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Jewish tennis whiz beats Nadal to advance to Italian Open finals

Diego Schwartzman, who also downed Israel-born Denis Shapovalov, faces Novak Djokovic in the finals Monday, with chance to break into top 10 internationally

Diego Schwartzman practicing in Buenos Aires, February 1, 2017. (Gabriel Rossi/LatinContent/Getty Images)
Diego Schwartzman practicing in Buenos Aires, February 1, 2017. (Gabriel Rossi/LatinContent/Getty Images)

JTA — Tenth time is the charm: After previously losing to Rafael Nadal nine straight times, Diego Schwartzman stunned him in straight sets on Saturday.

The Jewish Argentine tennis star won 6-2, 7-5 in just over two hours in the quarterfinals of the Italian Open, which takes place on clay — the surface that Nadal is best on.

“For sure, it’s my best match ever,” Schwartzman said. “I played a few times against the three big champions in tennis. I never beat them until today. I’m very happy.”

Up next for Schwartzman was Denis Shapovalov, a Canadian tennis player born in Tel Aviv. Schwartzman won 6-5, 5-7, 7-6(4) on Sunday to advance to the final against Novak Djokovic on Monday.

Rafael Nadal of Spain congratulates Denis Shapovalov of Canada for his victory during day seven of the Rogers Cup at Uniprix Stadium on August 10, 2017 in Montreal, Quebec, Canada. Denis Shapovalov of Canada defeated Rafael Nadal of Spain 6-3, 4-6, 6-7. (Minas Panagiotakis/Getty Images/AFP)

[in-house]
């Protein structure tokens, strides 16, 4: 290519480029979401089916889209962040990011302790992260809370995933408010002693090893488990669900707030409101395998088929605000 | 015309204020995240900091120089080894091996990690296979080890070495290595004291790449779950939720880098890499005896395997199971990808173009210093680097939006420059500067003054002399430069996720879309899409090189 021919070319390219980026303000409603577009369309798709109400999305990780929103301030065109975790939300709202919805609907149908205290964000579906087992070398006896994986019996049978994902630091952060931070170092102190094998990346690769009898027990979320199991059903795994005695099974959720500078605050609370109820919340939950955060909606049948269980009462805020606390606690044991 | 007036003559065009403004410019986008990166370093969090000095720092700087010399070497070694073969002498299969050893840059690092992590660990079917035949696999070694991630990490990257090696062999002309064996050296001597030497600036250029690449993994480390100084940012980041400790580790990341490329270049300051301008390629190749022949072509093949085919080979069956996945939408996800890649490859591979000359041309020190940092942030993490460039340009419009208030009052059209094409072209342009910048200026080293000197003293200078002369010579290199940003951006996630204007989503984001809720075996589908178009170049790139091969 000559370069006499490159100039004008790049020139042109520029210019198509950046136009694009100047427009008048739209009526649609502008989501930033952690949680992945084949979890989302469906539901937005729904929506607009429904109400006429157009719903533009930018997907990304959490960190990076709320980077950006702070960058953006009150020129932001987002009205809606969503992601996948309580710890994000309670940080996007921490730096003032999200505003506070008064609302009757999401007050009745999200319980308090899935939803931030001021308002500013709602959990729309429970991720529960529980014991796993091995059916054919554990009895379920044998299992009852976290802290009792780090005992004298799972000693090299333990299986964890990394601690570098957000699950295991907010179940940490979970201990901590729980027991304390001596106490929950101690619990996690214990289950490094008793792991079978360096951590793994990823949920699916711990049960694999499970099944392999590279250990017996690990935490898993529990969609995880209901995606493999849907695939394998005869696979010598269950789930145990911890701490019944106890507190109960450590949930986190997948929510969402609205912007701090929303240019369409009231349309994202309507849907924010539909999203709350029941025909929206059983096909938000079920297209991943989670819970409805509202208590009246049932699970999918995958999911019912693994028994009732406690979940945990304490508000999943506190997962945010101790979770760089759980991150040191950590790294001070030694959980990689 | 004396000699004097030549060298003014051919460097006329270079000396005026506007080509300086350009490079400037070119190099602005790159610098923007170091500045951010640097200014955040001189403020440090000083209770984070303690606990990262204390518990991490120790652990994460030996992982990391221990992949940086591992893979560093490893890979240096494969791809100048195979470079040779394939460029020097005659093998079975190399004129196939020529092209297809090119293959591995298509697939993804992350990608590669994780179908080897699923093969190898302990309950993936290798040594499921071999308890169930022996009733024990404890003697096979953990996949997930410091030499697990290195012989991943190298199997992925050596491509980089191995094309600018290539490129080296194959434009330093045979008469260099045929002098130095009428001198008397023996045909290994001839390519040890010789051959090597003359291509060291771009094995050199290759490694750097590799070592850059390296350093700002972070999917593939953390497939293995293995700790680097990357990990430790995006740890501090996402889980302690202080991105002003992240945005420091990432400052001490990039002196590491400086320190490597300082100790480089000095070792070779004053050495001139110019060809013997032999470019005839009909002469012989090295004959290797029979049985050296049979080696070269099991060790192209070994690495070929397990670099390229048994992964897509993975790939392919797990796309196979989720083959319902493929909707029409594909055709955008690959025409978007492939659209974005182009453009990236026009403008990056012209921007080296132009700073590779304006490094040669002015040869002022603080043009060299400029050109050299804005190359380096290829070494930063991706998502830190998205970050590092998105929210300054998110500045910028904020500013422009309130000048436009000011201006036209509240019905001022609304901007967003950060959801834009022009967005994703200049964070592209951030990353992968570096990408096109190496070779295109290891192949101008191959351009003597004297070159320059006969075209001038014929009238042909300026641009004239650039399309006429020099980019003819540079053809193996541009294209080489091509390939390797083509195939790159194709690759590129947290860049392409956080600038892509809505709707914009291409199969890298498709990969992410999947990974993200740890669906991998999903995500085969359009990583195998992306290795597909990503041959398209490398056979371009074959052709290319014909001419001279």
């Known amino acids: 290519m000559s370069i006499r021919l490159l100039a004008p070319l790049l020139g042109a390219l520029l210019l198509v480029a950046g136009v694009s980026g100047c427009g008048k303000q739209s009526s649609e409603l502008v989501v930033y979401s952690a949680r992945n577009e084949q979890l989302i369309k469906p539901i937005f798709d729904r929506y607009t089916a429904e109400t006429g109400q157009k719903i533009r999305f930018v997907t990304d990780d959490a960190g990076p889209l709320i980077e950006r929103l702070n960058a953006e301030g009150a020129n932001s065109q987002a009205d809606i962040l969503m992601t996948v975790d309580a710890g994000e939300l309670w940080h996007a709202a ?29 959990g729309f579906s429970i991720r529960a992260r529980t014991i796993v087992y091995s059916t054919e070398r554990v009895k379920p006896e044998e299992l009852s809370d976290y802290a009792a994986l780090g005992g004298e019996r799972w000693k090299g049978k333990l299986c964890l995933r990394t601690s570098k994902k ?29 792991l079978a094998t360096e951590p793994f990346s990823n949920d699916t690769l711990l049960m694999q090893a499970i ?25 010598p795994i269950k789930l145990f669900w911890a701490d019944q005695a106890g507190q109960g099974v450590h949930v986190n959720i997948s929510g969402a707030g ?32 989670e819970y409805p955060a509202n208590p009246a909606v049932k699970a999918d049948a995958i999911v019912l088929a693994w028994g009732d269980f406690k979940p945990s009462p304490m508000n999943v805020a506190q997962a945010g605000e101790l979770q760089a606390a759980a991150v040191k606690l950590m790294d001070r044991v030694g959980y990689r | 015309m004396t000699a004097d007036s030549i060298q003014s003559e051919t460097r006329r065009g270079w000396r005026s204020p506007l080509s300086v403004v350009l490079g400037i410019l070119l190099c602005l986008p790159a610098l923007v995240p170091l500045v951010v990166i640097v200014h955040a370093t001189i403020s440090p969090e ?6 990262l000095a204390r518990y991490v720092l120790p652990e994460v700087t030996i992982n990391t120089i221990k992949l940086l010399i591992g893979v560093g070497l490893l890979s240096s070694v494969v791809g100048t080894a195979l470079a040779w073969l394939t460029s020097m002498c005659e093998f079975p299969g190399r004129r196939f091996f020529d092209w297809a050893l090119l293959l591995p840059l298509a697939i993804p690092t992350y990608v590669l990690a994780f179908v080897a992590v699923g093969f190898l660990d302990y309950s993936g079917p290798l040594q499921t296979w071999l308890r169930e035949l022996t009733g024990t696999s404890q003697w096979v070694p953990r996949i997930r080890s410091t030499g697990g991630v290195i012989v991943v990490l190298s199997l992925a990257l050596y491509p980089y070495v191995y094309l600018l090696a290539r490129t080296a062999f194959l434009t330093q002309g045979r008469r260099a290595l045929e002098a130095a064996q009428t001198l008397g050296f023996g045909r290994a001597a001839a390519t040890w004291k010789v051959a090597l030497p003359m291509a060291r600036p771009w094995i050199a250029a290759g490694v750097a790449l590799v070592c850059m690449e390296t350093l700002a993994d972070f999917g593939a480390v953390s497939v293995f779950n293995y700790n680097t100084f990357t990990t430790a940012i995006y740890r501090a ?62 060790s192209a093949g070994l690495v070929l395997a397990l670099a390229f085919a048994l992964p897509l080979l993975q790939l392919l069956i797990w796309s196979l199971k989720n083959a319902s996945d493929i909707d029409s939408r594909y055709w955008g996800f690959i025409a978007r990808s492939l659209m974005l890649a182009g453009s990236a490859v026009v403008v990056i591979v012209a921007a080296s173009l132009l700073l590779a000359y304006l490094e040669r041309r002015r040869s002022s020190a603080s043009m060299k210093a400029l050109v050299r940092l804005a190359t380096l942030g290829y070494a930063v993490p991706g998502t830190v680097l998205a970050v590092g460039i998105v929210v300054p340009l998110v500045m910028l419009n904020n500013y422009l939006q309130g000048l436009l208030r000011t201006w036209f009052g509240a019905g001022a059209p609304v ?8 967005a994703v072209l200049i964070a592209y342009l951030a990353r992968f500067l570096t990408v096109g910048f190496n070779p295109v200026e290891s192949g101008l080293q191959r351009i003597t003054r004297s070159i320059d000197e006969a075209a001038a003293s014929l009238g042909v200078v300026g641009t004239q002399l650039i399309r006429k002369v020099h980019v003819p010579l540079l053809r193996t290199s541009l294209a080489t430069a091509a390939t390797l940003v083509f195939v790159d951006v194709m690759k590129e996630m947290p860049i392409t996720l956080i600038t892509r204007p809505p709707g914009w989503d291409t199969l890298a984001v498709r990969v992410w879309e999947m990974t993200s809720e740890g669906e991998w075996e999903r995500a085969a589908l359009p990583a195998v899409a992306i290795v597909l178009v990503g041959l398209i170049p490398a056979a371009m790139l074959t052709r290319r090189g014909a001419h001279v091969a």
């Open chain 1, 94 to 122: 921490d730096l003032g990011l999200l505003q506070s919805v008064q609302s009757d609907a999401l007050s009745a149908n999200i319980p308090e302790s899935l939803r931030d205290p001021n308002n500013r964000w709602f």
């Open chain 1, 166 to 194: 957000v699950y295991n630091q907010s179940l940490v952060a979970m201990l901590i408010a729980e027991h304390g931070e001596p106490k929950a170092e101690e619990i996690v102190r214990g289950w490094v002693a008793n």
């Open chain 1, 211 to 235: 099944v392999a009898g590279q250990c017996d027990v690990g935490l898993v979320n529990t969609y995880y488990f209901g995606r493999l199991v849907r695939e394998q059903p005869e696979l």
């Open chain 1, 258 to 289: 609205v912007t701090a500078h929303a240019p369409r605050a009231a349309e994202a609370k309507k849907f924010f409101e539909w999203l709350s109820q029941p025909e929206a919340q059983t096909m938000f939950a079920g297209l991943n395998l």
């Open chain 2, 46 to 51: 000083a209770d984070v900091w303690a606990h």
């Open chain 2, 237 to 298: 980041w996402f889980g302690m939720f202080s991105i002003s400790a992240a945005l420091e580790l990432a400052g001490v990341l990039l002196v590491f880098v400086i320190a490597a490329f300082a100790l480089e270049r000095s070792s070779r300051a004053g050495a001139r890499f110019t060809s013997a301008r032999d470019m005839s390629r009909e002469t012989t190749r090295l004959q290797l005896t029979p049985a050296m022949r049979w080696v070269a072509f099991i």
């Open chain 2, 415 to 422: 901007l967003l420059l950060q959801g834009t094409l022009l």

Shapovalov’s parents were born in Russia and emigrated to Israel at the collapse of the Soviet Union before moving to Canada. His mother, a former Russian national tennis team player, is Jewish, and his father is Russian Eastern Orthodox Christian. Shapovalov plays for Canada and does not identify as Jewish.

Schwartzman was born in a Jewish family in Buenos Aires and has written about his family’s Holocaust history.

If Schwartzman beats Djokovic, “two dreams,” as he calls them, will come true: winning a prestigious Masters 1000 level tournament, and entering the top 10 in the international rankings for the first time in his career. He’s currently ranked 15 in the world.

Yet just by playing in the finals, he’s already made history: He is the shortest finalist ever, listed at 5’7″ (he’s likely even shorter).

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